Sunnyside School District renovated its high school to include a performing arts auditorium and announced plans to eliminate the acting, and storage, space at Lincoln School. VMCC (by then the company had dropped “Lower” from its name) moved its productions to the renovated Sunnyside High School.

A few years later, members began to discuss adding other types of theater to its season. To convey the change, members altered the troupe’s name to Valley Theater Company.

In the early 2000s, VTC began to dabble in non musicals and in some years presented two productions. In 2007, VTC produced a full slate of four stage shows.

VTC celebrated its 60th anniversary in 2021 – we think we would have made Eileen Holmason and Bev Pfouts proud of what they began!

For a year and a half, the USDA listed the building for sale. In 2005, Mercer Canyons, Inc. bought the building and, under the guidance of Julie Mercer, completed the theatre’s renovation as a performing arts center.

Prosser’s Princess Theatre reopened on Valentine’s Day 2007 to a full house, presenting Valley Theater Company’s production of A.R. Gurney’s Love Letters.

The restored Princess Theatre in 2010.
The restored Princess Theatre in 2010.

press to zoom
The restored Princess Theatre in 2010.
The restored Princess Theatre in 2010.

press to zoom
1/1
2007's production of Love Letters, starring Candace Andrews and Richard James
2007's production of Love Letters, starring Candace Andrews and Richard James

press to zoom
2007's production of Love Letters, starring Candace Andrews and Richard James
2007's production of Love Letters, starring Candace Andrews and Richard James

press to zoom
1/1
All Together Now, 2021
All Together Now, 2021

From left: Jude Noah, Teresa Palazzo, Ben Macy

press to zoom
The set for Dixie Swim Club, 2013
The set for Dixie Swim Club, 2013

press to zoom
Deloreans outside the Princess Theatre
Deloreans outside the Princess Theatre

press to zoom
All Together Now, 2021
All Together Now, 2021

From left: Jude Noah, Teresa Palazzo, Ben Macy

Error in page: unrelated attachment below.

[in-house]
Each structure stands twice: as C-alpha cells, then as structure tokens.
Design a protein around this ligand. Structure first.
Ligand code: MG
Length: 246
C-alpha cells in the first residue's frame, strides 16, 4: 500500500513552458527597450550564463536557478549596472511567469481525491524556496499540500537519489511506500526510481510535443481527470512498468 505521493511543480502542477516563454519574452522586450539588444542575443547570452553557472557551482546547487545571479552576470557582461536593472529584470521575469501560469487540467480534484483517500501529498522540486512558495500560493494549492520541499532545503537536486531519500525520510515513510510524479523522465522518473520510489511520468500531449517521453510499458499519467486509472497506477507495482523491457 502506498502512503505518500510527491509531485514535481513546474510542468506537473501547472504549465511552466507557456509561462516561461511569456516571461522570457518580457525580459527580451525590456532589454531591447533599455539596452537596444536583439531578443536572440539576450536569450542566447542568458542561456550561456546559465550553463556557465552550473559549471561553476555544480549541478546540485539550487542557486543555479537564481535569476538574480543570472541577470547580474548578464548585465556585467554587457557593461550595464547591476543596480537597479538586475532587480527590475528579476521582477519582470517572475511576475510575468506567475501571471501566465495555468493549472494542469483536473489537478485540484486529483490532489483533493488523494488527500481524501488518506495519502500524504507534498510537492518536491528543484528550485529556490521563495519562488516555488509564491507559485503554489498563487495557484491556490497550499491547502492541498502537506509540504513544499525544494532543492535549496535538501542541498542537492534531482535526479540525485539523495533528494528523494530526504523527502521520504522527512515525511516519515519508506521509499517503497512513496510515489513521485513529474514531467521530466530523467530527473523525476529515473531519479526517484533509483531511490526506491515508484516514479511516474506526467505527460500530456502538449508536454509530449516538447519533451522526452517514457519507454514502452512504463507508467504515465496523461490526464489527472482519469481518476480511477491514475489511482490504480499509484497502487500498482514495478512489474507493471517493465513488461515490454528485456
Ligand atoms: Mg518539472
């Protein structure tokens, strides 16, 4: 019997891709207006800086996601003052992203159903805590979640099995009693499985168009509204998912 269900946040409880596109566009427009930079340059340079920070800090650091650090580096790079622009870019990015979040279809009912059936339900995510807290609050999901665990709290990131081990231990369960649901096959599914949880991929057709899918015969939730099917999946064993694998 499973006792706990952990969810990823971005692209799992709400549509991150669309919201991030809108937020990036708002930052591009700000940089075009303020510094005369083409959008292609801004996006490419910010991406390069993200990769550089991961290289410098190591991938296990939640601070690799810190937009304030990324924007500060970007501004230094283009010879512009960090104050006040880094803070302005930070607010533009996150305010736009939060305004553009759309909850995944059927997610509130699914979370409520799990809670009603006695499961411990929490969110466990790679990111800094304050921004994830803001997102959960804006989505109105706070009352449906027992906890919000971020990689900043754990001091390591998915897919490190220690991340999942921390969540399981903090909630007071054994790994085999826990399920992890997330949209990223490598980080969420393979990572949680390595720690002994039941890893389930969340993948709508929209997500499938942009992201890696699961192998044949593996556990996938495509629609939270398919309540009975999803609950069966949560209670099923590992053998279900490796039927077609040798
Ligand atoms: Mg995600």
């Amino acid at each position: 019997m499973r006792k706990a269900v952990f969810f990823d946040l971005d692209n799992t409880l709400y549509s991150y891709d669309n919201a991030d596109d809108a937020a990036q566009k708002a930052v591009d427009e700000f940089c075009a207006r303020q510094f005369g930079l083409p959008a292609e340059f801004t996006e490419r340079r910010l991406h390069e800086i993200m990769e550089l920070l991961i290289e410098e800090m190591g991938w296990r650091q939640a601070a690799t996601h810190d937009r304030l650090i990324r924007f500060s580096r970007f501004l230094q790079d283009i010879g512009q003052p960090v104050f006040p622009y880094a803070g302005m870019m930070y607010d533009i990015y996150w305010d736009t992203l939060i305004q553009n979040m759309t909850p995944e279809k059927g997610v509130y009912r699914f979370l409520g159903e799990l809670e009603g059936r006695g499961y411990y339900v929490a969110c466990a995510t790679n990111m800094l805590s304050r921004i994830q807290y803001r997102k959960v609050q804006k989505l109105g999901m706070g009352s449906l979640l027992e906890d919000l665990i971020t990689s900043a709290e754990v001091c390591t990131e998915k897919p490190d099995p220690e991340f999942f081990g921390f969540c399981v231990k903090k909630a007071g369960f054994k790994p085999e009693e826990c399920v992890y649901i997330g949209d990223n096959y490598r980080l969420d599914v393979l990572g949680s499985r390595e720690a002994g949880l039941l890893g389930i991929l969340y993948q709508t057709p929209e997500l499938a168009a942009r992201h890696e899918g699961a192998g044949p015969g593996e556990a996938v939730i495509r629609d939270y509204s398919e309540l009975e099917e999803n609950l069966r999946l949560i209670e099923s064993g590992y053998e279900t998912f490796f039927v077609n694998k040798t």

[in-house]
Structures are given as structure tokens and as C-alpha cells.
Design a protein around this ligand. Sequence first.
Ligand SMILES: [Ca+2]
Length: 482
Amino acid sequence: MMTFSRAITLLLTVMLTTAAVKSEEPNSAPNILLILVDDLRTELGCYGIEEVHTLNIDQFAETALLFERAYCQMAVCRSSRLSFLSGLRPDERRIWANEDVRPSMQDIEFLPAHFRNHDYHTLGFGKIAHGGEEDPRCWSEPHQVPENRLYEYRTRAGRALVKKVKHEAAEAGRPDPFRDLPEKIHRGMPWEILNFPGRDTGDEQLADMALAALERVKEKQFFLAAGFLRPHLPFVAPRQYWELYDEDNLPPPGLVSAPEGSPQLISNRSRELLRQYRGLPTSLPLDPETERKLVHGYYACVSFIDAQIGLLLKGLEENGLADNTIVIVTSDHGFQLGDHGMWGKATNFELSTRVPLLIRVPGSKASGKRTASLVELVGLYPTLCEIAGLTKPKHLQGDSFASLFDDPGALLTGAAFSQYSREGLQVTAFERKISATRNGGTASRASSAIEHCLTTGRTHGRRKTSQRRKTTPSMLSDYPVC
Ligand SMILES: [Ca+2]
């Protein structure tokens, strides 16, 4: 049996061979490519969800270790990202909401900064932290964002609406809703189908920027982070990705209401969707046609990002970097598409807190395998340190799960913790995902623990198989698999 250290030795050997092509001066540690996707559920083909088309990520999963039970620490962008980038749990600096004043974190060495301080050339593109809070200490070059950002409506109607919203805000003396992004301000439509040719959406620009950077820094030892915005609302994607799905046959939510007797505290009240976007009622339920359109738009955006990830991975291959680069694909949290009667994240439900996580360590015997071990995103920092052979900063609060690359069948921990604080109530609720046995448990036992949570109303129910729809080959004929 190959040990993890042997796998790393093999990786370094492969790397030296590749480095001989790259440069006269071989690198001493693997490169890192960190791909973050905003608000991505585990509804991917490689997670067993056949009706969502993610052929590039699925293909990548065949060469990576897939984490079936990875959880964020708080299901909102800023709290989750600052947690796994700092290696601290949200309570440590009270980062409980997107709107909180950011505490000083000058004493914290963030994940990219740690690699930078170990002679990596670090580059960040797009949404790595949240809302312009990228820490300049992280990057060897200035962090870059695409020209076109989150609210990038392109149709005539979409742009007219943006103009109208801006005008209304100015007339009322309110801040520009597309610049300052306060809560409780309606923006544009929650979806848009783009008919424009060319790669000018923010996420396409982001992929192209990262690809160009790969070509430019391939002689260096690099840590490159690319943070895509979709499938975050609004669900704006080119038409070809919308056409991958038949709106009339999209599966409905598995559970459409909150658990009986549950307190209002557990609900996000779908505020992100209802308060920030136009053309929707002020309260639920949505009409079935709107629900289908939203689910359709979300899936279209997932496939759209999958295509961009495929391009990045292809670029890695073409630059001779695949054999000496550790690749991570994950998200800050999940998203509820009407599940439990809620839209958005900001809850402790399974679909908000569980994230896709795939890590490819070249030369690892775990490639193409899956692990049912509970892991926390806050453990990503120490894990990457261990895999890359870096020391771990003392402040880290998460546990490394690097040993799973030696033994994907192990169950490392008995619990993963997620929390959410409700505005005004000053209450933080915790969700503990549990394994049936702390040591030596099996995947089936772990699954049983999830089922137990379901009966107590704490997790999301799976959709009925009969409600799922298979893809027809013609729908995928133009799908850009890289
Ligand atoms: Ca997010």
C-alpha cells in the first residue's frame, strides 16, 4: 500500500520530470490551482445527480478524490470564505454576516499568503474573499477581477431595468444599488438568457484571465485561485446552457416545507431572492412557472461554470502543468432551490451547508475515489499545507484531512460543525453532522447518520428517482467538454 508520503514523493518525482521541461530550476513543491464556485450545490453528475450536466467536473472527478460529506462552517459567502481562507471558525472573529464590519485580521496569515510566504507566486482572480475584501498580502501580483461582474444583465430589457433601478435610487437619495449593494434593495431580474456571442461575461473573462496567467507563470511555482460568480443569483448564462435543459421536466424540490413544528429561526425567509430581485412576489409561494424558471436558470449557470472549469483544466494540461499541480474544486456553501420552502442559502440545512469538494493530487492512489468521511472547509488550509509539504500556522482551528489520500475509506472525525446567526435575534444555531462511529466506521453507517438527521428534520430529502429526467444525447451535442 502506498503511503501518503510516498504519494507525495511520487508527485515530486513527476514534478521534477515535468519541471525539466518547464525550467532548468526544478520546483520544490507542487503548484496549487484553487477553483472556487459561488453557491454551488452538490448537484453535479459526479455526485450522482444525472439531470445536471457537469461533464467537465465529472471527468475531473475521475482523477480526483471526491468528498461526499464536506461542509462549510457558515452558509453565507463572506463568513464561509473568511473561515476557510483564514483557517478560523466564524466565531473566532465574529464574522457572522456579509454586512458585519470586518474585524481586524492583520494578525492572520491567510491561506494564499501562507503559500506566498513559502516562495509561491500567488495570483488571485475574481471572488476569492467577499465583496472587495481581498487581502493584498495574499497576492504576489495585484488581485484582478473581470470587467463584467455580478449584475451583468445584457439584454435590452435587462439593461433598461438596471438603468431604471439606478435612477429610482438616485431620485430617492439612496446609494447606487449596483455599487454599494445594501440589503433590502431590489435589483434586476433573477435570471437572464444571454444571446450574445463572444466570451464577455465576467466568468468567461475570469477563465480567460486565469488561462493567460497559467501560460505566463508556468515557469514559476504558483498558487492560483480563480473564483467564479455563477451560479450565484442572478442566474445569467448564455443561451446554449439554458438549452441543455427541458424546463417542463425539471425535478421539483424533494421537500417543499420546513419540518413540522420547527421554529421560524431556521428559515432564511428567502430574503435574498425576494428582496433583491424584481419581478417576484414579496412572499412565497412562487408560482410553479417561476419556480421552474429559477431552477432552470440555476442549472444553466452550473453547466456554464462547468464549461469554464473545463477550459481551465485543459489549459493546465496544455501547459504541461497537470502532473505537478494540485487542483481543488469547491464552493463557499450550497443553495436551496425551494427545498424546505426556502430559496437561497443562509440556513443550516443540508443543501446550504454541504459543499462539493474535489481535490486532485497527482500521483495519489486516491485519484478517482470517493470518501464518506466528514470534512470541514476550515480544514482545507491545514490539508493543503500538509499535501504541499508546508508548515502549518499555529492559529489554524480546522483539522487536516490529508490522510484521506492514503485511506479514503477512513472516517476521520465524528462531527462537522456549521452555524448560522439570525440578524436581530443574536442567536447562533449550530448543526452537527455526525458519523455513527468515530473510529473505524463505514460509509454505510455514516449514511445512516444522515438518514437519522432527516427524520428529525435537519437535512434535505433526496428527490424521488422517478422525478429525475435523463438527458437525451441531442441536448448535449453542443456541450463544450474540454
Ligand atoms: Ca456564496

press to zoom
1/11

In February 2013, the not-for-profit Valley Theater Company (VTC) purchased the Princess Theatre and adjoining Green Room from Mercer Canyons, Inc. More than 200 donations, a matching gift from the Edgar E. Whitehead Foundation and the generosity of Mercer Canyons, Inc. enabled this purchase.

Whether you want to attend live stage plays, movies, ballet recitals and jazz festivals; or host school graduations, business meetings, fundraisers, weddings, anniversaries and winemaker’s events, we invite you to join us at the Princess Theatre, the “center of Prosser” and a treasure for the entire Yakima Valley.

Façade Improvement

Thanks to a $15,000 grant from the Kinsman Foundation, The Green Room façade received a facelift in 2017. The Benton County Historical Preservation Grant Program helped repair and

update our marquee display window.

Thanks to the Heritage Capital Projects Fund  Grant through the Washington State Historical Society, along with private donations, numerous  repairs and improvements were made to the Princess Theatre’s façade and the interior of  The Green Room at the Princess in 2018-2019. These included a complete electrical refurbishment and upgrade of the neon marquee, while maintaining its historical look; repair of the permanent awning and replacement of the awning lights at the theatre entrance; repair and repainting of the stucco façade and east-facing exterior wall; resurfacing of the concrete flooring in The Green Room.

1920s Winter
1920s Winter

press to zoom
BJ Pacius- Original Owner
BJ Pacius- Original Owner

press to zoom
Historic Princess Theatre in beautiful Prosser
Historic Princess Theatre in beautiful Prosser

press to zoom
1920s Winter
1920s Winter

press to zoom
1/10